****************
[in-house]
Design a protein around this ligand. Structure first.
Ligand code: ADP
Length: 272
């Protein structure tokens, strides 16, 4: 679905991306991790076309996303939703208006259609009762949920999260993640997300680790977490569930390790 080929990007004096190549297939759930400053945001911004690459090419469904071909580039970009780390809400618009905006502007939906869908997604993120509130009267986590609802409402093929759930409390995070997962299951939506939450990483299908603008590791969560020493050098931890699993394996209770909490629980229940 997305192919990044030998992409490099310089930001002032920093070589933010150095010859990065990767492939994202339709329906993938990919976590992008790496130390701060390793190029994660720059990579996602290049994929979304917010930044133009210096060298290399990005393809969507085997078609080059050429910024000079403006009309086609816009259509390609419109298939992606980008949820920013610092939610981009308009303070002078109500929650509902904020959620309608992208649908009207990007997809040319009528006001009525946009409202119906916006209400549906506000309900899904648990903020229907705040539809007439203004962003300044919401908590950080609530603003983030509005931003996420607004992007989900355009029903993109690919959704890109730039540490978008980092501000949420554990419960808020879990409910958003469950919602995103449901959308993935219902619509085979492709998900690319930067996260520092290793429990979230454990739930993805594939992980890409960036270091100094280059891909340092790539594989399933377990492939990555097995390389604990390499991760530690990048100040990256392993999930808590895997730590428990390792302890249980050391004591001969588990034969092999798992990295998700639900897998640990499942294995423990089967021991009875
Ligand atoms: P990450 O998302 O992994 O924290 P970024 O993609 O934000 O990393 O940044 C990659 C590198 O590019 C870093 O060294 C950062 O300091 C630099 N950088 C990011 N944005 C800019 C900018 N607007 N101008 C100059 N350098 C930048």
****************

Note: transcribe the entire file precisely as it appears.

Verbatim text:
[in-house]
Design a protein around this ligand. Structure first.
Ligand code: ADP
Length: 272
């Protein structure tokens, strides 16, 4: 679905991306991790076309996303939703208006259609009762949920999260993640997300680790977490569930390790 080929990007004096190549297939759930400053945001911004690459090419469904071909580039970009780390809400618009905006502007939906869908997604993120509130009267986590609802409402093929759930409390995070997962299951939506939450990483299908603008590791969560020493050098931890699993394996209770909490629980229940 997305192919990044030998992409490099310089930001002032920093070589933010150095010859990065990767492939994202339709329906993938990919976590992008790496130390701060390793190029994660720059990579996602290049994929979304917010930044133009210096060298290399990005393809969507085997078609080059050429910024000079403006009309086609816009259509390609419109298939992606980008949820920013610092939610981009308009303070002078109500929650509902904020959620309608992208649908009207990007997809040319009528006001009525946009409202119906916006209400549906506000309900899904648990903020229907705040539809007439203004962003300044919401908590950080609530603003983030509005931003996420607004992007989900355009029903993109690919959704890109730039540490978008980092501000949420554990419960808020879990409910958003469950919602995103449901959308993935219902619509085979492709998900690319930067996260520092290793429990979230454990739930993805594939992980890409960036270091100094280059891909340092790539594989399933377990492939990555097995390389604990390499991760530690990048100040990256392993999930808590895997730590428990390792302890249980050391004591001969588990034969092999798992990295998700639900897998640990499942294995423990089967021991009875
Ligand atoms: P990450 O998302 O992994 O924290 P970024 O993609 O934000 O990393 O940044 C990659 C590198 O590019 C870093 O060294 C950062 O300091 C630099 N950088 C990011 N944005 C800019 C900018 N607007 N101008 C100059 N350098 C930048």